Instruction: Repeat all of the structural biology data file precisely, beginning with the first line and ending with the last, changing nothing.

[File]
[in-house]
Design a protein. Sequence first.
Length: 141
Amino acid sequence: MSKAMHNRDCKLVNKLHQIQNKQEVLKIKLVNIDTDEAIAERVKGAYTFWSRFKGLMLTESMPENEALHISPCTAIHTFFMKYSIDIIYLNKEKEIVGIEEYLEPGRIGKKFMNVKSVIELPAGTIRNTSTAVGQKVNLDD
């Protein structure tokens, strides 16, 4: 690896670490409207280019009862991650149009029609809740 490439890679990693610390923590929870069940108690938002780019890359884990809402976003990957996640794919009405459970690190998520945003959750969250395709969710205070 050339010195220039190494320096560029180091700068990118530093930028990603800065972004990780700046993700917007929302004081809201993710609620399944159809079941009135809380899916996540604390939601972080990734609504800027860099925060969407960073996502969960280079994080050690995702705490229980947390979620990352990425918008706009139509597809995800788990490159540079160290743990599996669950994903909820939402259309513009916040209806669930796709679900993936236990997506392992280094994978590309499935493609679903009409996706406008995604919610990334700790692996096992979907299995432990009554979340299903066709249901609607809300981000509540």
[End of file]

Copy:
[in-house]
Design a protein. Sequence first.
Length: 141
Amino acid sequence: MSKAMHNRDCKLVNKLHQIQNKQEVLKIKLVNIDTDEAIAERVKGAYTFWSRFKGLMLTESMPENEALHISPCTAIHTFFMKYSIDIIYLNKEKEIVGIEEYLEPGRIGKKFMNVKSVIELPAGTIRNTSTAVGQKVNLDD
């Protein structure tokens, strides 16, 4: 690896670490409207280019009862991650149009029609809740 490439890679990693610390923590929870069940108690938002780019890359884990809402976003990957996640794919009405459970690190998520945003959750969250395709969710205070 050339010195220039190494320096560029180091700068990118530093930028990603800065972004990780700046993700917007929302004081809201993710609620399944159809079941009135809380899916996540604390939601972080990734609504800027860099925060969407960073996502969960280079994080050690995702705490229980947390979620990352990425918008706009139509597809995800788990490159540079160290743990599996669950994903909820939402259309513009916040209806669930796709679900993936236990997506392992280094994978590309499935493609679903009409996706406008995604919610990334700790692996096992979907299995432990009554979340299903066709249901609607809300981000509540």